If Macron replaces Hollande... If Hollende kicks out Sarkozy... So what? Does it make any difference to France's Libya policy?

    So long as they need a buyer for their oil, or Chinese loans are as sweet, or Chinese pumps are necessary for getting water out of sands, business as usual whoever the sitting general is in Khatoum.
     
    Last edited: Apr 12, 2019
  5. Armand2REP

    Armand2REP CHINI EXPERT Veteran Member

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    The protests in Sudan are a continuation of the Arab Spring. When Qaddafi was ousted from Libya. China lost all of its investments and had to write off tens of billions. There is no reason to think a new government would want to be responsible for the mistakes of the one they replaced. It is not an orderly transition of power like we have in France, it is a completely new government system that doesn't take responsibility for its past dictators.

    It would take Sudan 10 years of oil shipments to pay off what it owes to China. I doubt the new government wants to wait that long for revenue. It is much easier to kick you out and say thanks for the free money, bye!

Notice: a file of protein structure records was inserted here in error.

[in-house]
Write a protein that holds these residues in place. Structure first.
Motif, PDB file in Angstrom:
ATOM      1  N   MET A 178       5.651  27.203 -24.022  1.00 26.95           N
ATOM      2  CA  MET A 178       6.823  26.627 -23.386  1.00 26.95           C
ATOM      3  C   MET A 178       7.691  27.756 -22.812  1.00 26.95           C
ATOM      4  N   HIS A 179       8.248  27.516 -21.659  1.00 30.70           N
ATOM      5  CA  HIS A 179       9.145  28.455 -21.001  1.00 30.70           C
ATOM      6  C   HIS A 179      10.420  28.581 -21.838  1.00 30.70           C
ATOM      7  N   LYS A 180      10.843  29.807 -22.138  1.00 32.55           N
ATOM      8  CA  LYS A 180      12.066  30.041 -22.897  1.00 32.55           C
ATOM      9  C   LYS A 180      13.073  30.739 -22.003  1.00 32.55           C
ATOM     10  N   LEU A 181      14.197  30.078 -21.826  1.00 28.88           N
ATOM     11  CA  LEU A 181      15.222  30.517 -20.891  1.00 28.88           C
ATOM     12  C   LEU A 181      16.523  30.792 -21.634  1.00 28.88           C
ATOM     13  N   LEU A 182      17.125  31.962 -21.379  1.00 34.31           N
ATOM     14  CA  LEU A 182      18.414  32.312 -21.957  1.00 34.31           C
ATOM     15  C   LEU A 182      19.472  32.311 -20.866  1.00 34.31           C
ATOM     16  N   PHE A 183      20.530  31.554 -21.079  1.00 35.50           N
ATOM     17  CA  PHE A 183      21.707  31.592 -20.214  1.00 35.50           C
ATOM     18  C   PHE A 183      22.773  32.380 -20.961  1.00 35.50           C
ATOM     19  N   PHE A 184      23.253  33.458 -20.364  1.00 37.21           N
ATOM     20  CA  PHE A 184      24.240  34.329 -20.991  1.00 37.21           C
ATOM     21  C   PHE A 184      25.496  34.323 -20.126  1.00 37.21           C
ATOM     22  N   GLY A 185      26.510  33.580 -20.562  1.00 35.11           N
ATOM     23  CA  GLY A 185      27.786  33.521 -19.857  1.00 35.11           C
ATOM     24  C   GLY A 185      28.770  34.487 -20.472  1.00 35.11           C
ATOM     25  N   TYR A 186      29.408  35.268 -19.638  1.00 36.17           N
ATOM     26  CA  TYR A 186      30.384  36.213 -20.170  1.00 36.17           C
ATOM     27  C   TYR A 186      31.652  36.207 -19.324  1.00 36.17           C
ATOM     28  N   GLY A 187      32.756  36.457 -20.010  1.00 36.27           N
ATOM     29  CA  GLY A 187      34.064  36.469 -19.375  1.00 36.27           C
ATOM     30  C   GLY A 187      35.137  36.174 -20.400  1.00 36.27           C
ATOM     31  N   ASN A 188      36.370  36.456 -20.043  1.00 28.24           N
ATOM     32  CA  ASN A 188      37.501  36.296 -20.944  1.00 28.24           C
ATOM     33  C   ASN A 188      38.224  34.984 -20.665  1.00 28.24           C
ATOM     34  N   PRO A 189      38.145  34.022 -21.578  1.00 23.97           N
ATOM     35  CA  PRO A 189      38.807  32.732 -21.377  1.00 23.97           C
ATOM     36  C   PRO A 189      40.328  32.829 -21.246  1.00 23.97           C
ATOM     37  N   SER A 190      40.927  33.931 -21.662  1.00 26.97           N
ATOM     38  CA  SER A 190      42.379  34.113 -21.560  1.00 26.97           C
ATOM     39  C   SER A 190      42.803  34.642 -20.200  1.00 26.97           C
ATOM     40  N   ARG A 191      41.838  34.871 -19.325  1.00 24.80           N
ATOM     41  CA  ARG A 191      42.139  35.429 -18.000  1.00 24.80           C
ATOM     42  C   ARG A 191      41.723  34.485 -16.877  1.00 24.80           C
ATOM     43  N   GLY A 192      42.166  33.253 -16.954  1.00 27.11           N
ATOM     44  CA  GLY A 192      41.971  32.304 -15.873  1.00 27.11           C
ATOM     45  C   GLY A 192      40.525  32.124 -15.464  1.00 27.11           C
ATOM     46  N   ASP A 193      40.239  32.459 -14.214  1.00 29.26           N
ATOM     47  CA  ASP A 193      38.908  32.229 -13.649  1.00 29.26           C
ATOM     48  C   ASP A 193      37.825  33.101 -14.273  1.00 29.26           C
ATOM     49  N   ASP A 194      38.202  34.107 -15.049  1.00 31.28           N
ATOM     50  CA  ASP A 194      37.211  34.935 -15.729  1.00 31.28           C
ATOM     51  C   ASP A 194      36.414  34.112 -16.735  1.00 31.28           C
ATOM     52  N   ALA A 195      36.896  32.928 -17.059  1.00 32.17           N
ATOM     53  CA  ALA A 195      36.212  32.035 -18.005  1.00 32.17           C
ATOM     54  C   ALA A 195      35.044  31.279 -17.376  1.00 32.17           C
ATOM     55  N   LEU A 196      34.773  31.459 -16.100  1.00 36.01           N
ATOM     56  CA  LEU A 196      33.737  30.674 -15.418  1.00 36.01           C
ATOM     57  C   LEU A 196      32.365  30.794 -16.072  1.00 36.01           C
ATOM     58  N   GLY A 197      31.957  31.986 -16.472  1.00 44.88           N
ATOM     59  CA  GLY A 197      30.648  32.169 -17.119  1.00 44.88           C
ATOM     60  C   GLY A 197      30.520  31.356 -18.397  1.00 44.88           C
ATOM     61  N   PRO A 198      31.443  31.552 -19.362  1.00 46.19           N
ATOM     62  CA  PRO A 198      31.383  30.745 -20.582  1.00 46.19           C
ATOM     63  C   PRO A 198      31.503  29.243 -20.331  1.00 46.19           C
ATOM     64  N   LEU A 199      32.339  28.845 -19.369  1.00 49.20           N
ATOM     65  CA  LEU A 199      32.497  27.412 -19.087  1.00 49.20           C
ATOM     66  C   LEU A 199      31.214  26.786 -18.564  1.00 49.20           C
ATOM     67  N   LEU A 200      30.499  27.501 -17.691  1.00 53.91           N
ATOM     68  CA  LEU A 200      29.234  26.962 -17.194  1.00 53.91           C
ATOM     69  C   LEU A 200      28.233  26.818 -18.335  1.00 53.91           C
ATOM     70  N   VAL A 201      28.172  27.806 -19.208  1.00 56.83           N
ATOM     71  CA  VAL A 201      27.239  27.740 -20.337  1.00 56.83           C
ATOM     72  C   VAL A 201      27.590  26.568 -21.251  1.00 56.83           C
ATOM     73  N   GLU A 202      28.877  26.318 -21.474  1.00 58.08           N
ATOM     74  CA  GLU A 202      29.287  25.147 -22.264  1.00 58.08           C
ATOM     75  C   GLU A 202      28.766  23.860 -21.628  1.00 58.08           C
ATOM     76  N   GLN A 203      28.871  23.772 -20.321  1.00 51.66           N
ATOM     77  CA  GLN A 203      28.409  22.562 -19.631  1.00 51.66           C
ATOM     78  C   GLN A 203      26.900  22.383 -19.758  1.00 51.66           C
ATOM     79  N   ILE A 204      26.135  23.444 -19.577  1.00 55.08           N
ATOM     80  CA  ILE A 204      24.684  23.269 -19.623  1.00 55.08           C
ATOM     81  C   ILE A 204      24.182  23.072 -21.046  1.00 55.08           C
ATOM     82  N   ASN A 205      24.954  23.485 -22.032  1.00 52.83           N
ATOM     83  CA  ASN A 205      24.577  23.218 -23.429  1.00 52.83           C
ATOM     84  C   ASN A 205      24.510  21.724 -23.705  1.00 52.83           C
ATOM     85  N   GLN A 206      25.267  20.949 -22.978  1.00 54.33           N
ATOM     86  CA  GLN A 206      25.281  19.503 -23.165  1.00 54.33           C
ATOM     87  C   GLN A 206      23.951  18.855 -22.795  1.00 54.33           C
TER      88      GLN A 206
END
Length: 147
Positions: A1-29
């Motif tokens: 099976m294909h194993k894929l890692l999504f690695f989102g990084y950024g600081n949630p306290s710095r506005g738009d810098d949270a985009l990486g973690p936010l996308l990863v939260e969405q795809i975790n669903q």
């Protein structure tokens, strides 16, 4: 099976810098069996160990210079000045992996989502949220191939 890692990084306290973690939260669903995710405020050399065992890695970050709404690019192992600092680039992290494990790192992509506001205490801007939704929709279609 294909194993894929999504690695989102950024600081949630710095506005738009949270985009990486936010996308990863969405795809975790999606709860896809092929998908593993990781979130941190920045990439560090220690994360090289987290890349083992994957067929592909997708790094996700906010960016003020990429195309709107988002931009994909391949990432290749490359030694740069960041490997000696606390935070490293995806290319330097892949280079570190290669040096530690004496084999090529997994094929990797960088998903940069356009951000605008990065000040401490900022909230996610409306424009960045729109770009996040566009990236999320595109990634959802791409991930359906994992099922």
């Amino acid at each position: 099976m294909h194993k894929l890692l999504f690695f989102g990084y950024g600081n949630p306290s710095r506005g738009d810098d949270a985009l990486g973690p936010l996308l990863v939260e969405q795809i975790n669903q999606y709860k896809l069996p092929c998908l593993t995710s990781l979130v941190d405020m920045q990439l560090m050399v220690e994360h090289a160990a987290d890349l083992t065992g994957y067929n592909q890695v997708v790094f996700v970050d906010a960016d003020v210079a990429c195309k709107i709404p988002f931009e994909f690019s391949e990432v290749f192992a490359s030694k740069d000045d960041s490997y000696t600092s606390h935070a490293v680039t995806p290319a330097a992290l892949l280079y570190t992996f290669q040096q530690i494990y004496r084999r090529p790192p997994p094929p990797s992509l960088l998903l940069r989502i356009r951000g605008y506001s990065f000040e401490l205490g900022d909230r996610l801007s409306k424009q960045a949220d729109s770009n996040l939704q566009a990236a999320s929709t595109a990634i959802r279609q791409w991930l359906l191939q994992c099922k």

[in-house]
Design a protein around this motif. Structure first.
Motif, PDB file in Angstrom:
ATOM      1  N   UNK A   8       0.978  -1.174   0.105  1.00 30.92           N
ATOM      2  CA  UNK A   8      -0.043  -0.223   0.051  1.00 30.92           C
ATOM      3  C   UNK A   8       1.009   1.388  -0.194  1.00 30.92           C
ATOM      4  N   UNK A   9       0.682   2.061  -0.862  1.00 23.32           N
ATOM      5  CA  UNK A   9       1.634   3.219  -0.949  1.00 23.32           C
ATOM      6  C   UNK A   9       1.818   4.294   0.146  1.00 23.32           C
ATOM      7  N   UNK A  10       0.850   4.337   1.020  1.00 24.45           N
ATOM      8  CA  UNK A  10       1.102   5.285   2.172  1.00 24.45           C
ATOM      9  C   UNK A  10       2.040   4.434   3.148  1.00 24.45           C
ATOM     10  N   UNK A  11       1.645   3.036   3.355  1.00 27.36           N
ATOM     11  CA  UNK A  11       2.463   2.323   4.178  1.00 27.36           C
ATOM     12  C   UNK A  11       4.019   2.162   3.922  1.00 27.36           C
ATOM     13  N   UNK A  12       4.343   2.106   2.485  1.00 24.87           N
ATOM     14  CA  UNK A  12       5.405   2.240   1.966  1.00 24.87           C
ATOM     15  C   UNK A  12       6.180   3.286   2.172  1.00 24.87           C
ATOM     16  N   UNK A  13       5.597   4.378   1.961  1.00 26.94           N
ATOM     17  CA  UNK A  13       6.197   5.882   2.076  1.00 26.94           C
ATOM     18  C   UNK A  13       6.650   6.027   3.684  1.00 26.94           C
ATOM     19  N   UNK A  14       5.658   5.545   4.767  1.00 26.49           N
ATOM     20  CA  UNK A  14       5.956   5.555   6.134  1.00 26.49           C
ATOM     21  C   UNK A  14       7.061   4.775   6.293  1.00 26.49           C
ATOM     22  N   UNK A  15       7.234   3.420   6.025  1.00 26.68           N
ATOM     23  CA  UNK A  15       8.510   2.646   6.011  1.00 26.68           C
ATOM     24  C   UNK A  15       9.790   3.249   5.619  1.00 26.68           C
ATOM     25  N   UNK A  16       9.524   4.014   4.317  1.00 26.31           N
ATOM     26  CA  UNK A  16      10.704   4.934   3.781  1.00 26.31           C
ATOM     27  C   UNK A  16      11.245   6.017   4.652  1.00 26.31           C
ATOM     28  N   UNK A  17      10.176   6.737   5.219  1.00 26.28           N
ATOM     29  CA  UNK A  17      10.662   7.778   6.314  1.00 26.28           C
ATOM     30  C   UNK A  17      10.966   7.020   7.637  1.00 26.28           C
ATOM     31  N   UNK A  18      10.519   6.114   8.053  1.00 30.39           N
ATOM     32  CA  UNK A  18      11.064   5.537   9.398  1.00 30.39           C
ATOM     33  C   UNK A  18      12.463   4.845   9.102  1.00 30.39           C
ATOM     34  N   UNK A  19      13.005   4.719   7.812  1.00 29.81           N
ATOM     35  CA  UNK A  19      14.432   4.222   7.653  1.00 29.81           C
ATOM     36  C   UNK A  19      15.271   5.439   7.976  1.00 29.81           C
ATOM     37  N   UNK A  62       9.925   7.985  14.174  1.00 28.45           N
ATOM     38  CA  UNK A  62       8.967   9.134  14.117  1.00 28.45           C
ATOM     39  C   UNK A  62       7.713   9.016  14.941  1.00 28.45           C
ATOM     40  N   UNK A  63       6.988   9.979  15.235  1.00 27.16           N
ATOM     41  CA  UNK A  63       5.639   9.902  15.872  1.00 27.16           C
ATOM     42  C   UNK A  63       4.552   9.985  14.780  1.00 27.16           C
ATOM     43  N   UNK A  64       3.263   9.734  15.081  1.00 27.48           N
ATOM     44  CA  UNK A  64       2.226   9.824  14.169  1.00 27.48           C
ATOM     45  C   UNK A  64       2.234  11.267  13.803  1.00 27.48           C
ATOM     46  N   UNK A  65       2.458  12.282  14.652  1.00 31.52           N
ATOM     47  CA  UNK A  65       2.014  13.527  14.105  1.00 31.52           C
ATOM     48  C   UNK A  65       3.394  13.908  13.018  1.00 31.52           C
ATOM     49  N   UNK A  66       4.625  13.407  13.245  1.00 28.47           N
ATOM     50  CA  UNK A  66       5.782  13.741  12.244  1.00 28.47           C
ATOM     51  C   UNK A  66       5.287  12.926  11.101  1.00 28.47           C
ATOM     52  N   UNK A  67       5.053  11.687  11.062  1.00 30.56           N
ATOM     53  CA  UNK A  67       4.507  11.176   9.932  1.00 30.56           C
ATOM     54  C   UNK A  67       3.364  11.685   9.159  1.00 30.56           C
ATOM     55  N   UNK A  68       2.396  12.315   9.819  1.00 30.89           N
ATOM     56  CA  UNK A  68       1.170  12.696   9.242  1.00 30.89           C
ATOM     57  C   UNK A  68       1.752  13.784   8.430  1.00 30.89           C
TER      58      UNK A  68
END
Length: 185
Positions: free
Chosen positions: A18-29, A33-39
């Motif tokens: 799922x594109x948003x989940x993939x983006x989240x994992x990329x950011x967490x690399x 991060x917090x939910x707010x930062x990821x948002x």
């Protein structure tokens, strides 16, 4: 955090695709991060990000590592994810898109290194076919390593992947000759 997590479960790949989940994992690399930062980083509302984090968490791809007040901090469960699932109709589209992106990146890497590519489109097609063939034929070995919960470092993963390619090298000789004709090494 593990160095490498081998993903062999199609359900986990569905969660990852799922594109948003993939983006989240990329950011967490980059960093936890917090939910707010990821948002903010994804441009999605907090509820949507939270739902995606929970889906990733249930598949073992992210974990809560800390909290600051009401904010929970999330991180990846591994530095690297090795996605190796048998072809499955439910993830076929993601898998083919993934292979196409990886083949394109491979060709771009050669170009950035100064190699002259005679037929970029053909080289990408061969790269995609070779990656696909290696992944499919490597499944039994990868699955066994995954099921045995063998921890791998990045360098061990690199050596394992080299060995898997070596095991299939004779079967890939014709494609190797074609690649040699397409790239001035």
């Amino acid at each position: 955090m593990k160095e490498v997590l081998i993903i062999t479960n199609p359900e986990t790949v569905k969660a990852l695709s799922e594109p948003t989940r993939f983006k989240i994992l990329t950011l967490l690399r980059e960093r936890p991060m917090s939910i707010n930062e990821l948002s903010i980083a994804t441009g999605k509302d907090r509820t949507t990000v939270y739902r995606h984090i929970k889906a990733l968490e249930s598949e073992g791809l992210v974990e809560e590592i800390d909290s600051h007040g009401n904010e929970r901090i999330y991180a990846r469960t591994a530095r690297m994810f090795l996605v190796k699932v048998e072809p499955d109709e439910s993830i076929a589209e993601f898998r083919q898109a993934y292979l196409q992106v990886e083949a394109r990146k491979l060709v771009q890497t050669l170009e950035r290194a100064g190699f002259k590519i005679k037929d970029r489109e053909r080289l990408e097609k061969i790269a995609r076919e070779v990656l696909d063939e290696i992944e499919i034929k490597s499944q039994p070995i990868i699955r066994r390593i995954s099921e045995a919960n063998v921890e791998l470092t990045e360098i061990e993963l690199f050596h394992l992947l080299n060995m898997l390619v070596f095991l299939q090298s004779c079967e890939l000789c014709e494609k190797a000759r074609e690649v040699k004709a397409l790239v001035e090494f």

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  6. amoy

    amoy Senior Member Senior Member

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    Every biz has its risks. To take a chance means to take underlying risks as well.

    One win is enough to cover many losses.

    The oil that Chinese pumped up from former one-Sudan in past years has outstripped any POTENTIAL future loss for sure.

    That scenario of default on payments by the new regime is no more than your speculation.